It had taken until late January 1985 to get the deal finished, and it quickly became apparent to the producers that the May release date was no longer possible. In order to deal with this, the release was pushed back to July 3rd. While this would mean that it faced slightly stiffer competition from other large films at the time, it would prevent the film having to be rushed through post-production.

As Doctor Who had not yet made much of a name for itself abroad, it was decided that it would be marketed as more of a stand-alone film, especially as the story was separate from anything that came prior. However, the BBC did insist that continuity be kept, and that this was a continuation, not a reboot. Therefore, many of the executives at the BBC recommended that Peter Davison be invited back to film a regeneration scene, so that the change from the Fifth to Sixth Doctors was shown, to give closure for fans who were still wondering about the Fifth Doctor’s fate, and lending more legitimacy to Lloyd's portrayal. [4]

Davison agreed to film the scene, and his regeneration was one of the final scenes filmed. He and Lloyd actually had very little interaction on set, though he passed on the advice given to him by Troughton, simply urging “Don’t stay too long”. [5]

All of the movie had been filmed by the end of April of 1985, and soon, post-production began. For most involved with the film, their work was now done, and the wait for release began... [6]

[1] I'll be the first to admit that the story of Back to the Future doesn't exactly lend itself to being a Doctor Who story. However, I think that a straight Doctor Who story won't sell well in the US at this point, so Zemeckis and Gale's script isn't changed much beyond the characters.
[2] There's a lot of "in spite of a nail" in this chapter. Lithgow was wanted for Emmett Brown, but was unavailable. What happens with Christopher Lloyd here is pterry mich what happened to him IOTL.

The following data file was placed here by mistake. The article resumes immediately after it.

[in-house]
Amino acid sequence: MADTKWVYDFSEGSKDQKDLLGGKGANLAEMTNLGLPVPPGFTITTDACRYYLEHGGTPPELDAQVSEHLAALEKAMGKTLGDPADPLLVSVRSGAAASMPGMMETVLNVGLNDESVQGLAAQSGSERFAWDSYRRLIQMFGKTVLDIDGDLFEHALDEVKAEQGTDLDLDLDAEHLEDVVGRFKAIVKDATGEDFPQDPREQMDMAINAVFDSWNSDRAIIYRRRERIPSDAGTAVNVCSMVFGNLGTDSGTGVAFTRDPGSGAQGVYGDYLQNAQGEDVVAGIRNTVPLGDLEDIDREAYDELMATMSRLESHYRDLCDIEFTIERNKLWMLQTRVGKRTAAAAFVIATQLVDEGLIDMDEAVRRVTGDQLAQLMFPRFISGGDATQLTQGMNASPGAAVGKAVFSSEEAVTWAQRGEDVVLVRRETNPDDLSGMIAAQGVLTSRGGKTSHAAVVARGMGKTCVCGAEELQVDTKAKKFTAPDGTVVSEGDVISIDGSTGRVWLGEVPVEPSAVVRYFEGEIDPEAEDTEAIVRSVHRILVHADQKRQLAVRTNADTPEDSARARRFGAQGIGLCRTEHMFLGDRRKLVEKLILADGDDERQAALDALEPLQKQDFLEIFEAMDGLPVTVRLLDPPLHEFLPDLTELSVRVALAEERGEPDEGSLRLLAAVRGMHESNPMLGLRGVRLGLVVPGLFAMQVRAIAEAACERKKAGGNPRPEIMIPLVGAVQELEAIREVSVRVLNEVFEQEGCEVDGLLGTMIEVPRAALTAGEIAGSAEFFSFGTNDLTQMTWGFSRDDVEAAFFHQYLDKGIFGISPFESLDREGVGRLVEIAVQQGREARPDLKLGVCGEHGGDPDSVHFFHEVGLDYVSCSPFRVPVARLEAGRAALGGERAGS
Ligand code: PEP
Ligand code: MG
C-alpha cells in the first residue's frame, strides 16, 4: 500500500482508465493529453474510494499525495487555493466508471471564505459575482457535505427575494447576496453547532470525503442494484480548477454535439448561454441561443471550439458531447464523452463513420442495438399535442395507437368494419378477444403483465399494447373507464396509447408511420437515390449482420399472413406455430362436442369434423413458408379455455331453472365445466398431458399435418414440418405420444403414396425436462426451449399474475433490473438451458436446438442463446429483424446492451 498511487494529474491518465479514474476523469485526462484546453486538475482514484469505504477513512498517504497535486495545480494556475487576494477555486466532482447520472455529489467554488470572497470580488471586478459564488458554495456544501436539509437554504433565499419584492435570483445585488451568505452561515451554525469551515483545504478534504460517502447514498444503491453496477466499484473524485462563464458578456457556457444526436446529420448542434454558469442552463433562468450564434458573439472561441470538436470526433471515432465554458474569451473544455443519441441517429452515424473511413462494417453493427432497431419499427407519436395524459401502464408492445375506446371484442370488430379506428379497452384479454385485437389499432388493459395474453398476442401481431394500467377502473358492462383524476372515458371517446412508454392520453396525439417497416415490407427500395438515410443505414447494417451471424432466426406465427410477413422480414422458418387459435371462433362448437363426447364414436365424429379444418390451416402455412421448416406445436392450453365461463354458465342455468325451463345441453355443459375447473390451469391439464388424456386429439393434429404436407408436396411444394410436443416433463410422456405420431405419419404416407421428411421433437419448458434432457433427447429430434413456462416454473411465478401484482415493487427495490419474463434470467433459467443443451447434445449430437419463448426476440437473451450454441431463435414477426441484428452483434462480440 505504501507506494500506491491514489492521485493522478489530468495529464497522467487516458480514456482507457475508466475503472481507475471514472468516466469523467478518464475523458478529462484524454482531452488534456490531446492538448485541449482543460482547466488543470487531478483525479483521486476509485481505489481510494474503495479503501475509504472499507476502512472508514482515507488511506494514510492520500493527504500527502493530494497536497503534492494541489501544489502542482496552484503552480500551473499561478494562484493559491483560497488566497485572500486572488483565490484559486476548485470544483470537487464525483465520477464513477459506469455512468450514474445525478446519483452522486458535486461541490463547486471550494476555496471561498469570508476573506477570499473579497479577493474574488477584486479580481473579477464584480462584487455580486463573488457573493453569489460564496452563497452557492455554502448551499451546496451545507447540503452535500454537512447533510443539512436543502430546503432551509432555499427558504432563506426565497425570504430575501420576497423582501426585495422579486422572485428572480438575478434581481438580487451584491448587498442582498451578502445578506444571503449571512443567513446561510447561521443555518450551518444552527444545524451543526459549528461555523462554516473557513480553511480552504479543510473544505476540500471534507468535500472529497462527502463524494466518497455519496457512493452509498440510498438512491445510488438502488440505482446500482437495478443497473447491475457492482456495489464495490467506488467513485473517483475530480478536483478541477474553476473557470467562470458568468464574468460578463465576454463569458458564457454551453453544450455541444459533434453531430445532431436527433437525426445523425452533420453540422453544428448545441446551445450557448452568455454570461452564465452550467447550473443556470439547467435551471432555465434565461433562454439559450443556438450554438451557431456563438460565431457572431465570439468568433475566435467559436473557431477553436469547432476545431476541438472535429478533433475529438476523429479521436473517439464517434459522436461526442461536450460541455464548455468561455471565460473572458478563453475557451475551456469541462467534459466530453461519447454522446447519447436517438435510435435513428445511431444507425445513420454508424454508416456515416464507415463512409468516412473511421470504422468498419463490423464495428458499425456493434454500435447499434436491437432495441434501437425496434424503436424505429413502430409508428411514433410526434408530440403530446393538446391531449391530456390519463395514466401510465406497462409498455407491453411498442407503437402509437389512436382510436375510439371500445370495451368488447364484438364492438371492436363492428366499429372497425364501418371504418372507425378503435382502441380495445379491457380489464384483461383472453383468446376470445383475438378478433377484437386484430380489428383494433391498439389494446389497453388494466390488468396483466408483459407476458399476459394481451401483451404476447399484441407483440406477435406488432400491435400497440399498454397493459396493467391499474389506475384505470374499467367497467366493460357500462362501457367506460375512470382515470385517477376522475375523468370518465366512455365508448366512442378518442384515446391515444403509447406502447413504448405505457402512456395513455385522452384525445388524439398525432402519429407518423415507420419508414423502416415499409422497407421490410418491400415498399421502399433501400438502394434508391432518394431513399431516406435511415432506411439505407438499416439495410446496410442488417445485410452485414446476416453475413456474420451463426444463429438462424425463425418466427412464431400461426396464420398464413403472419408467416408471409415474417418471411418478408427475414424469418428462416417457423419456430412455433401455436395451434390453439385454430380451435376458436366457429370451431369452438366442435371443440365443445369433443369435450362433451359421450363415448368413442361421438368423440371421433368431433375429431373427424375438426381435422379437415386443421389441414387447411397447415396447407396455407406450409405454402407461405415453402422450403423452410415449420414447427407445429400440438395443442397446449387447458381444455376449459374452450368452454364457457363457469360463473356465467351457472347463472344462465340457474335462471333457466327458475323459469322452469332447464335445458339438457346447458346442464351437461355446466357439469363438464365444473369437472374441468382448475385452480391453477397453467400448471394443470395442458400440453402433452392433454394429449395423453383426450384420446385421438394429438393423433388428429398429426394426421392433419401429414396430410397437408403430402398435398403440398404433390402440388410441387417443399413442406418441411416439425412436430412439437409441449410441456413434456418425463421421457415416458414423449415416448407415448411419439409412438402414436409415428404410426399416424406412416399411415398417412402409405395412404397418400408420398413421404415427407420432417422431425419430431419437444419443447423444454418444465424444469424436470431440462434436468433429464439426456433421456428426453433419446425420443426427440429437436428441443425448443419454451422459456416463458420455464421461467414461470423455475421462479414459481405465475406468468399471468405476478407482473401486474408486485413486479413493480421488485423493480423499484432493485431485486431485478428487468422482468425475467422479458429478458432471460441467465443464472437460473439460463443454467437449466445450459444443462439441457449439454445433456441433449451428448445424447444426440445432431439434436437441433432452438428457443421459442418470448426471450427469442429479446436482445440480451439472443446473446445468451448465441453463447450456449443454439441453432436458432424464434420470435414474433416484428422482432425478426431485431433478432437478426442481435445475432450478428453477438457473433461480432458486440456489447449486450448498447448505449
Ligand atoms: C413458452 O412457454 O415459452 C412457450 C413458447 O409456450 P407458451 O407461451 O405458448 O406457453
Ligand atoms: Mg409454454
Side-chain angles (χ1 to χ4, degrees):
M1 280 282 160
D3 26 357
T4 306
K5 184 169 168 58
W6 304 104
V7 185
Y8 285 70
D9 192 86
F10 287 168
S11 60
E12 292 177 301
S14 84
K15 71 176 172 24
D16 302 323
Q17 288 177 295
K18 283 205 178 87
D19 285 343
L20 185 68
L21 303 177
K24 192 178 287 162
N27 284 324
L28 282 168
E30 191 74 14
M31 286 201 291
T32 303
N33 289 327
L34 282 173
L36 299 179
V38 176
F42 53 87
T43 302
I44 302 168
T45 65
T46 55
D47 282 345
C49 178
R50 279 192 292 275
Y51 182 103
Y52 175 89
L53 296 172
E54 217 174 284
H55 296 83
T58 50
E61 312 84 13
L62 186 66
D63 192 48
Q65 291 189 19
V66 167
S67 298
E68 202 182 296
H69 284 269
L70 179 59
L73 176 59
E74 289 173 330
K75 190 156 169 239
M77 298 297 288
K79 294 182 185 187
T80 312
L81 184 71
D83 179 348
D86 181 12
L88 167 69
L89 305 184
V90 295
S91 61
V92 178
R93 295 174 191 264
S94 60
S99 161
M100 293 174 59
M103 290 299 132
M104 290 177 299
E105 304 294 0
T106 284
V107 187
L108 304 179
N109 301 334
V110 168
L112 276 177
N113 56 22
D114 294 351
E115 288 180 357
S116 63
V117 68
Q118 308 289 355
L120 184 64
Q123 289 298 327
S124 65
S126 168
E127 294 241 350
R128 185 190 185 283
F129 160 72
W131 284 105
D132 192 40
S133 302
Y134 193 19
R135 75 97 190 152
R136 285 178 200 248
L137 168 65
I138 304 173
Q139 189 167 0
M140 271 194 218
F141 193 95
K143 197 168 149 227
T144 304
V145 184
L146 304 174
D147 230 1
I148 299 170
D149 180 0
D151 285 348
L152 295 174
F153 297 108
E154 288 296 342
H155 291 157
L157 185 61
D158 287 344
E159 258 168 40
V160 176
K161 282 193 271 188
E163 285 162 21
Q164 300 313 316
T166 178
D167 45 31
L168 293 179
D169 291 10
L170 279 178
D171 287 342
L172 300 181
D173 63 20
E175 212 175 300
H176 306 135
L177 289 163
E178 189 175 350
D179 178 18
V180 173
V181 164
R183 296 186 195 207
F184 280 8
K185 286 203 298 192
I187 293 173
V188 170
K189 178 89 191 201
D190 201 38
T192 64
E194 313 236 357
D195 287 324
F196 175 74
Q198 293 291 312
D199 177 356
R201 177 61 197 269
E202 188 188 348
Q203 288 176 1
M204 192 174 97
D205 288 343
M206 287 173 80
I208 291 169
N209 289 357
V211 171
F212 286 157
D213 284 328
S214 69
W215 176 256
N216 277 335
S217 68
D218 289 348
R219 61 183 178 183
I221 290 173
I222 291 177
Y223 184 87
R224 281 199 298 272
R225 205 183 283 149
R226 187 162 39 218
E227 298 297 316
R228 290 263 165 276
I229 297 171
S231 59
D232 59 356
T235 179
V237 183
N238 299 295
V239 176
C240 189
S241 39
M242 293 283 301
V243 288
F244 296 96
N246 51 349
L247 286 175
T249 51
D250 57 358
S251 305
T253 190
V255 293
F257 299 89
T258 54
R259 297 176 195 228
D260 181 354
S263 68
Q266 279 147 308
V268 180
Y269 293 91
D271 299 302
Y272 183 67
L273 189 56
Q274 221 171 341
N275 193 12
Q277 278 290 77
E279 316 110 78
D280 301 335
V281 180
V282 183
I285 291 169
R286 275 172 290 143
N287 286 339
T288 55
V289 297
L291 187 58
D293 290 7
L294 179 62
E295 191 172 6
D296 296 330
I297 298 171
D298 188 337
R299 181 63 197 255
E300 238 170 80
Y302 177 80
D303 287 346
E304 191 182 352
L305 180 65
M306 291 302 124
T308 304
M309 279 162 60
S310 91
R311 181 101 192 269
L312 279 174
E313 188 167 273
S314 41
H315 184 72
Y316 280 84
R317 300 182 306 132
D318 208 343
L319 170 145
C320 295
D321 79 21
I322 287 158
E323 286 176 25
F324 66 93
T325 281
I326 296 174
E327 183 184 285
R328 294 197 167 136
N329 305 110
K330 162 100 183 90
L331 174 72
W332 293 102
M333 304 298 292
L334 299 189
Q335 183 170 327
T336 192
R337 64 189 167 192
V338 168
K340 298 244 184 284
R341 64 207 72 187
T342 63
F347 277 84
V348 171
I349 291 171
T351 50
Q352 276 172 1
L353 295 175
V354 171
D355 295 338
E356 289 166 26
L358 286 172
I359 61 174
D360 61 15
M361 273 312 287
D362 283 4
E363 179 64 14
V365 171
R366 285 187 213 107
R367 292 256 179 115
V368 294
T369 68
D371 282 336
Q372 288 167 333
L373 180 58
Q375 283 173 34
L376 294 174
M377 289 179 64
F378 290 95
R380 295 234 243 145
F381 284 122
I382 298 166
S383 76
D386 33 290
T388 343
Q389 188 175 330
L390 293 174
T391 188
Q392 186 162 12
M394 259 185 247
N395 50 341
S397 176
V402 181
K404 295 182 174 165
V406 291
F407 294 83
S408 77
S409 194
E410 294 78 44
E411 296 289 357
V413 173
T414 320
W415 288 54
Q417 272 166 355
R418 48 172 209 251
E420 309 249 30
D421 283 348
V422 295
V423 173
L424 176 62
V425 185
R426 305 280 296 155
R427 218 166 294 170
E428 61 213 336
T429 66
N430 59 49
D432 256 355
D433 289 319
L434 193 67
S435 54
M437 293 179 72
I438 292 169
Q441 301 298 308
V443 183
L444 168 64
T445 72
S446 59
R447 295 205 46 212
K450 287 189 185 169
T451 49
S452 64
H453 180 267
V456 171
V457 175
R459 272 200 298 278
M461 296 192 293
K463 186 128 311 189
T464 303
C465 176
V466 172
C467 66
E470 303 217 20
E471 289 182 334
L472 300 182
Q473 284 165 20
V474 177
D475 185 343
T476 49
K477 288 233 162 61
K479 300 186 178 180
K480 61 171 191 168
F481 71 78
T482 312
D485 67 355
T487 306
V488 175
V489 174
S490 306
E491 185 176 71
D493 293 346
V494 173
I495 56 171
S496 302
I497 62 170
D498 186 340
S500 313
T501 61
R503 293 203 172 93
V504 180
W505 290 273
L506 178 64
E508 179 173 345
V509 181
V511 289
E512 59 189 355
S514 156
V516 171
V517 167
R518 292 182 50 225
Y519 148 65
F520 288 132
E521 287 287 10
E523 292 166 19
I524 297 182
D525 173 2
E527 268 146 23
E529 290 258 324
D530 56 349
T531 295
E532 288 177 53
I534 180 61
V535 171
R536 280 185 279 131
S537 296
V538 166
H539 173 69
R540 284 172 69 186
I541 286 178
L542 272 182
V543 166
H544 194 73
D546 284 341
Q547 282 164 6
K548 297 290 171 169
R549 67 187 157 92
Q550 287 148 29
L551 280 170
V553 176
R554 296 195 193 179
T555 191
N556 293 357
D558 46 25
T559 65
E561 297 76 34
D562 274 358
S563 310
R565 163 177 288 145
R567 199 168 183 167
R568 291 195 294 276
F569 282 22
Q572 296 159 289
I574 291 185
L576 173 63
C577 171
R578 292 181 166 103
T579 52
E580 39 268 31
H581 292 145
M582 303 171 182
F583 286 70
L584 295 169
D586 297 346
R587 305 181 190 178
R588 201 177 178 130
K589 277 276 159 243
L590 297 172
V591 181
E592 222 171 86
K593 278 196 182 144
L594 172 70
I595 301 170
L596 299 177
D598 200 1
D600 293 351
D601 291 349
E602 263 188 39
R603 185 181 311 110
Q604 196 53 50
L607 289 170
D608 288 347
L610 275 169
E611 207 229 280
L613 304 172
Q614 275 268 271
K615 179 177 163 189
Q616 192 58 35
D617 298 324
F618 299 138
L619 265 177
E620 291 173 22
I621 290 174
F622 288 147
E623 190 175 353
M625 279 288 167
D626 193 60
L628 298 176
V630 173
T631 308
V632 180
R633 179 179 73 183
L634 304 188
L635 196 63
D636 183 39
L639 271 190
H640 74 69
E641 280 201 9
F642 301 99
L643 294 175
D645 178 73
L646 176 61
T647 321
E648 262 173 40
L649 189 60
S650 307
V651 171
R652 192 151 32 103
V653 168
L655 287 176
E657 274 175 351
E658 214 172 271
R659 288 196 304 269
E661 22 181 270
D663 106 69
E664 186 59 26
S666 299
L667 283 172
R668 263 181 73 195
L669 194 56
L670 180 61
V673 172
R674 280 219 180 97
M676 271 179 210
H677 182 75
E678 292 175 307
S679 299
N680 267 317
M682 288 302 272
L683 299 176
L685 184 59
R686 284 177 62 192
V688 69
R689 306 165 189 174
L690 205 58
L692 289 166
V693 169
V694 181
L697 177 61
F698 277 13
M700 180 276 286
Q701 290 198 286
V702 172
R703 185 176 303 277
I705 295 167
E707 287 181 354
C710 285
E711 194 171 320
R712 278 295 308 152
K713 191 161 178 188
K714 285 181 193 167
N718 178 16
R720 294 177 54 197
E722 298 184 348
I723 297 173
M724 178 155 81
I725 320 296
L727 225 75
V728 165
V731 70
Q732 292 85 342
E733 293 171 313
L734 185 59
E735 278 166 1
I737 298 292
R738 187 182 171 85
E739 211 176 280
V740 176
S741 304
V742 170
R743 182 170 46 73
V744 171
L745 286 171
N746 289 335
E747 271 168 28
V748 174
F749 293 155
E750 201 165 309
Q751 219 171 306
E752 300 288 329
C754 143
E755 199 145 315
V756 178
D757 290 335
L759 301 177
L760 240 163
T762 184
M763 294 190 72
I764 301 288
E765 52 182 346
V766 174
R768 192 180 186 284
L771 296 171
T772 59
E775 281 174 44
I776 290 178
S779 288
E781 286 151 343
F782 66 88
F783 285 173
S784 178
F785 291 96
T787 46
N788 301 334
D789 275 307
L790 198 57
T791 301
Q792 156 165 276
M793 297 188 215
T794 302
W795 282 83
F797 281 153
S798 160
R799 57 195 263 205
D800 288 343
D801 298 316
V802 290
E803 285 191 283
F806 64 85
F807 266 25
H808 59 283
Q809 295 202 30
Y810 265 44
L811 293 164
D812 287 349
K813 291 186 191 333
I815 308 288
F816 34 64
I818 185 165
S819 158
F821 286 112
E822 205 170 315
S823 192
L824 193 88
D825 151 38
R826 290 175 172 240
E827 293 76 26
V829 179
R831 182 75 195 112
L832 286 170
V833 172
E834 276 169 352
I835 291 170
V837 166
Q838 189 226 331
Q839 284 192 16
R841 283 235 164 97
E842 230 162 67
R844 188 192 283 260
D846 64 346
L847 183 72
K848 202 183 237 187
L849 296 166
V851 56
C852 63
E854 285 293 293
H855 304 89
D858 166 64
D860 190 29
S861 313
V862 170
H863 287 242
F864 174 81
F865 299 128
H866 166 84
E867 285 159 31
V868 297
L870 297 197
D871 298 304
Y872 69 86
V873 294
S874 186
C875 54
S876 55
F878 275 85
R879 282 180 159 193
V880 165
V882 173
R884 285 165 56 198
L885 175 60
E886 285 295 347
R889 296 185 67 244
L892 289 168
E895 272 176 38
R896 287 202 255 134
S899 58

[3] This is more "in spite of a nail". The two actors so completely nailed their parts that I wanted them to stay.
[4] I toyed with the idea of just rebooting, but decided against it, to prevent conflicting canons.
[5] Davison passing on the advice of Troughton. Lloyd will follow a variation of the Troughton rule, and the franchise will change again when he leaves.
[6] Next update will include a synopsis of the film, and a look into where the studio will go after this film. It will be accompanied by a profile of the Sixth Doctor.
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Christopher Lloyd as the Doctor should work quite well actually, he would certainly be able to balance the drama and comedy that the character needs to succeed.

I wonder if we'll get a female or black 7th or 8th Doctor, I doubt Steven Spielberg would have any problems with having someone like that cast.

Also I could see Micheal Ironside being cast as the Master or a similar baddy.


Monthly Donor
Christopher Lloyd as the Doctor should work quite well actually, he would certainly be able to balance the drama and comedy that the character needs to succeed.

I wonder if we'll get a female or black 7th or 8th Doctor, I doubt Steven Spielberg would have any problems with having someone like that cast.

Also I could see Micheal Ironside being cast as the Master or a similar baddy.

I shan't give too much away. I've got all but the most recent Doctor cast, and I won't spoil it by giving you their number, but it's not 13. Casting will be a little more diverse than OTL, I'll give you that much. For me, being able to balance the drama and comedy was a big part of selecting the actor or actress for the role.